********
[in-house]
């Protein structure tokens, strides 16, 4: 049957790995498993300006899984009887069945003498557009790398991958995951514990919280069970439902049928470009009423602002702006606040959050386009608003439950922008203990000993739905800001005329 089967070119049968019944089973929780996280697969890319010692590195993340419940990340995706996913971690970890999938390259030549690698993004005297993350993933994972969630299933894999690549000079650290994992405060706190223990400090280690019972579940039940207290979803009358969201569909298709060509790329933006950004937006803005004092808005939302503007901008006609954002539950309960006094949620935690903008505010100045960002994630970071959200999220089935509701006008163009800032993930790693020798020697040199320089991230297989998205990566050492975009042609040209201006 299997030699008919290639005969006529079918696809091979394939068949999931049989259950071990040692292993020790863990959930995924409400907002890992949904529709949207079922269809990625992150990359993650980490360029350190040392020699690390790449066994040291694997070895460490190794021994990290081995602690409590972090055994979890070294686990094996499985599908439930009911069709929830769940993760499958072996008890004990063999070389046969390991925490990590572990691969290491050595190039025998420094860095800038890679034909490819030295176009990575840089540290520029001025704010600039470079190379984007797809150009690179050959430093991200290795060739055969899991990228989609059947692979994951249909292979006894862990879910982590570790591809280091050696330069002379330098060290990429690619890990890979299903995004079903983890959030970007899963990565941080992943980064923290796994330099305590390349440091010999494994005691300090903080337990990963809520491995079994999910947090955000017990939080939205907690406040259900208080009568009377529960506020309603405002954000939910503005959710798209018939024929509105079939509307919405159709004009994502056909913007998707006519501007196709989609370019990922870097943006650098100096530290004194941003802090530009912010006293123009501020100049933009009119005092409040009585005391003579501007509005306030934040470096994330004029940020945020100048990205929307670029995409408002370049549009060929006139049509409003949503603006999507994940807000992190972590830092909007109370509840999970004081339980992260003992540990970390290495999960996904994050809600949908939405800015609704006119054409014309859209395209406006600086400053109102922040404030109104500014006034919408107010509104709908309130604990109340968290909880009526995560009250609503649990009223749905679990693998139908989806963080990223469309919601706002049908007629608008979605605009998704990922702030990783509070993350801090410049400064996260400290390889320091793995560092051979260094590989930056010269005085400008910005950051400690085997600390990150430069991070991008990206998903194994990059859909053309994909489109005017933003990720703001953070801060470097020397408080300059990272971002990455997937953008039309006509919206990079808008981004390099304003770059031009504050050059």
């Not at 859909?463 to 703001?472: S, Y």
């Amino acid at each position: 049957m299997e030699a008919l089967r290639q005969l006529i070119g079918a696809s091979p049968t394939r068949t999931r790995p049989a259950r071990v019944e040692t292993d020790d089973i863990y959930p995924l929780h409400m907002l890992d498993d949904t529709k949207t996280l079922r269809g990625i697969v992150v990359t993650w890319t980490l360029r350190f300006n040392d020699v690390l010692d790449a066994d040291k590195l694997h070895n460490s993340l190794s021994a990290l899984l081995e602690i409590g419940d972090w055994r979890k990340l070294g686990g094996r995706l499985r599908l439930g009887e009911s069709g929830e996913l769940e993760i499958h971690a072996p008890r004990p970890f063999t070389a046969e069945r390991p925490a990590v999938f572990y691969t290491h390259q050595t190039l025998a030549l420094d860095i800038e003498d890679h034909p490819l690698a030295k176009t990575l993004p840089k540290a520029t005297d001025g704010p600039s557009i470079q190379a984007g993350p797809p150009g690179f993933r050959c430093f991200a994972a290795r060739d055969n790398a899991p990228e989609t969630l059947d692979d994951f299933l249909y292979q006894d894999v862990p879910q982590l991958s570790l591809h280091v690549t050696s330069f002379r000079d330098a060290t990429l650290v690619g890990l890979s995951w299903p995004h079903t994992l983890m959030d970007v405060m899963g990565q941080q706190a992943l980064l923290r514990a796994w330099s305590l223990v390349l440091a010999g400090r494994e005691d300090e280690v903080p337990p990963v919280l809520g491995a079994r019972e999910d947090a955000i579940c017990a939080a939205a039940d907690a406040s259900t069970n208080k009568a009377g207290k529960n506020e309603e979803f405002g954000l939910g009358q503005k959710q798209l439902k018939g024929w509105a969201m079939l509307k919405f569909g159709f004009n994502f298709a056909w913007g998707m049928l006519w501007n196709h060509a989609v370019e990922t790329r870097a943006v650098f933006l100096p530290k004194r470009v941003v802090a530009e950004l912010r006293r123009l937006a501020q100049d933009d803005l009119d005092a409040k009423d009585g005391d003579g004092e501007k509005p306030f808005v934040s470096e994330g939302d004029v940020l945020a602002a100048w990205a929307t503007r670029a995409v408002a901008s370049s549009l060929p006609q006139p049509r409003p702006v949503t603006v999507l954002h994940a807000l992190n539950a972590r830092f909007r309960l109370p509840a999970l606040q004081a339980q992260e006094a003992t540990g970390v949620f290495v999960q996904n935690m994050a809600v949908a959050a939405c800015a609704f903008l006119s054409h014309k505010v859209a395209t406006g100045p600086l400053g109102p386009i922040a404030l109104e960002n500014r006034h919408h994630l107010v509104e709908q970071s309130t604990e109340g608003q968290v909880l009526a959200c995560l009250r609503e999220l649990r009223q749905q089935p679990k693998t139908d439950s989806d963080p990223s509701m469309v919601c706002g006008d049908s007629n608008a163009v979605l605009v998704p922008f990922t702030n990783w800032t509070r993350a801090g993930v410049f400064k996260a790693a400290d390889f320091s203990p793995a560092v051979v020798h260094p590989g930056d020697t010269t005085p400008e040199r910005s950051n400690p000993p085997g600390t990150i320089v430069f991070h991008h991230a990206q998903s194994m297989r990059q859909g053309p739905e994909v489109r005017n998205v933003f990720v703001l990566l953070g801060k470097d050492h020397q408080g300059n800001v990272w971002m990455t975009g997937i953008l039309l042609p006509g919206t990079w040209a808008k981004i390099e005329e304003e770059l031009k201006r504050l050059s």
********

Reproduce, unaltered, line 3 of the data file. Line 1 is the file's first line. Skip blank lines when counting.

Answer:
């Not at 859909?463 to 703001?472: S, Y």